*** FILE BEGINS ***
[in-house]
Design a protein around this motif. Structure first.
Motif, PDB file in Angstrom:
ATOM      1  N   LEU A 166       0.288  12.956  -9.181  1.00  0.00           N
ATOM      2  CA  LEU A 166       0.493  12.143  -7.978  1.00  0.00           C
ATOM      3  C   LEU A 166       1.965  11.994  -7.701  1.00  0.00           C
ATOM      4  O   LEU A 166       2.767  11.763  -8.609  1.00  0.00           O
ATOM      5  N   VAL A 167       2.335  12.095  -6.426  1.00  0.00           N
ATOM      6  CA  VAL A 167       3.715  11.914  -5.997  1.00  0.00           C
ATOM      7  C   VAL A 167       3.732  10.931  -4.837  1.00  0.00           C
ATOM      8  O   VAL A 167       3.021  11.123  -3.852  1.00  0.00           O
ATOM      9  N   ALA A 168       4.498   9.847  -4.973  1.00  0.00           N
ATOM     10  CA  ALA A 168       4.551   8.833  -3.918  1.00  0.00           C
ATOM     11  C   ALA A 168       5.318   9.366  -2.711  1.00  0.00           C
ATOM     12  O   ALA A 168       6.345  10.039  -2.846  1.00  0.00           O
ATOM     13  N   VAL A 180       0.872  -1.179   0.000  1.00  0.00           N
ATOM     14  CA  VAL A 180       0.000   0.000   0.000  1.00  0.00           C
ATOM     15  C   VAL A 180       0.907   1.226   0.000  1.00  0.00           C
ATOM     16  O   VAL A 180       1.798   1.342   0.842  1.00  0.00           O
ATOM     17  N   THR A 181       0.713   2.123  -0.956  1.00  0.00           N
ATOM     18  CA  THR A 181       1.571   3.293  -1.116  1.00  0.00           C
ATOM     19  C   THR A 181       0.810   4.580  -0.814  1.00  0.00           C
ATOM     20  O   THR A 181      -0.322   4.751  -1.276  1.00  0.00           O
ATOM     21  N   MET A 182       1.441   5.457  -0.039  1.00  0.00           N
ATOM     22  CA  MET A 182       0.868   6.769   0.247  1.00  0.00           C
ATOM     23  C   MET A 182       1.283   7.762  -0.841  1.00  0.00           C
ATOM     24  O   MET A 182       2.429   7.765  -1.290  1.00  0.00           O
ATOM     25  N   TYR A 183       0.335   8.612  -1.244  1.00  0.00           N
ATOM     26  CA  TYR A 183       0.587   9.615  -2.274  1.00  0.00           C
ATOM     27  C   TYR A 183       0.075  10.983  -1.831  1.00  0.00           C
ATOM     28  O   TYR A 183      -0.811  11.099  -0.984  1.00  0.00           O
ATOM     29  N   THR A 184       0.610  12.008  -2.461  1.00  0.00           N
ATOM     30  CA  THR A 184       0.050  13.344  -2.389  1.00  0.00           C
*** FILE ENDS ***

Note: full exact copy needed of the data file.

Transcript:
[in-house]
Design a protein around this motif. Structure first.
Motif, PDB file in Angstrom:
ATOM      1  N   LEU A 166       0.288  12.956  -9.181  1.00  0.00           N
ATOM      2  CA  LEU A 166       0.493  12.143  -7.978  1.00  0.00           C
ATOM      3  C   LEU A 166       1.965  11.994  -7.701  1.00  0.00           C
ATOM      4  O   LEU A 166       2.767  11.763  -8.609  1.00  0.00           O
ATOM      5  N   VAL A 167       2.335  12.095  -6.426  1.00  0.00           N
ATOM      6  CA  VAL A 167       3.715  11.914  -5.997  1.00  0.00           C
ATOM      7  C   VAL A 167       3.732  10.931  -4.837  1.00  0.00           C
ATOM      8  O   VAL A 167       3.021  11.123  -3.852  1.00  0.00           O
ATOM      9  N   ALA A 168       4.498   9.847  -4.973  1.00  0.00           N
ATOM     10  CA  ALA A 168       4.551   8.833  -3.918  1.00  0.00           C
ATOM     11  C   ALA A 168       5.318   9.366  -2.711  1.00  0.00           C
ATOM     12  O   ALA A 168       6.345  10.039  -2.846  1.00  0.00           O
ATOM     13  N   VAL A 180       0.872  -1.179   0.000  1.00  0.00           N
ATOM     14  CA  VAL A 180       0.000   0.000   0.000  1.00  0.00           C
ATOM     15  C   VAL A 180       0.907   1.226   0.000  1.00  0.00           C
ATOM     16  O   VAL A 180       1.798   1.342   0.842  1.00  0.00           O
ATOM     17  N   THR A 181       0.713   2.123  -0.956  1.00  0.00           N
ATOM     18  CA  THR A 181       1.571   3.293  -1.116  1.00  0.00           C
ATOM     19  C   THR A 181       0.810   4.580  -0.814  1.00  0.00           C
ATOM     20  O   THR A 181      -0.322   4.751  -1.276  1.00  0.00           O
ATOM     21  N   MET A 182       1.441   5.457  -0.039  1.00  0.00           N
ATOM     22  CA  MET A 182       0.868   6.769   0.247  1.00  0.00           C
ATOM     23  C   MET A 182       1.283   7.762  -0.841  1.00  0.00           C
ATOM     24  O   MET A 182       2.429   7.765  -1.290  1.00  0.00           O
ATOM     25  N   TYR A 183       0.335   8.612  -1.244  1.00  0.00           N
ATOM     26  CA  TYR A 183       0.587   9.615  -2.274  1.00  0.00           C
ATOM     27  C   TYR A 183       0.075  10.983  -1.831  1.00  0.00           C
ATOM     28  O   TYR A 183      -0.811  11.099  -0.984  1.00  0.00           O
ATOM     29  N   THR A 184       0.610  12.008  -2.461  1.00  0.00           N
ATOM     30  CA  THR A 184       0.050  13.344  -2.389  1.00  0.00           C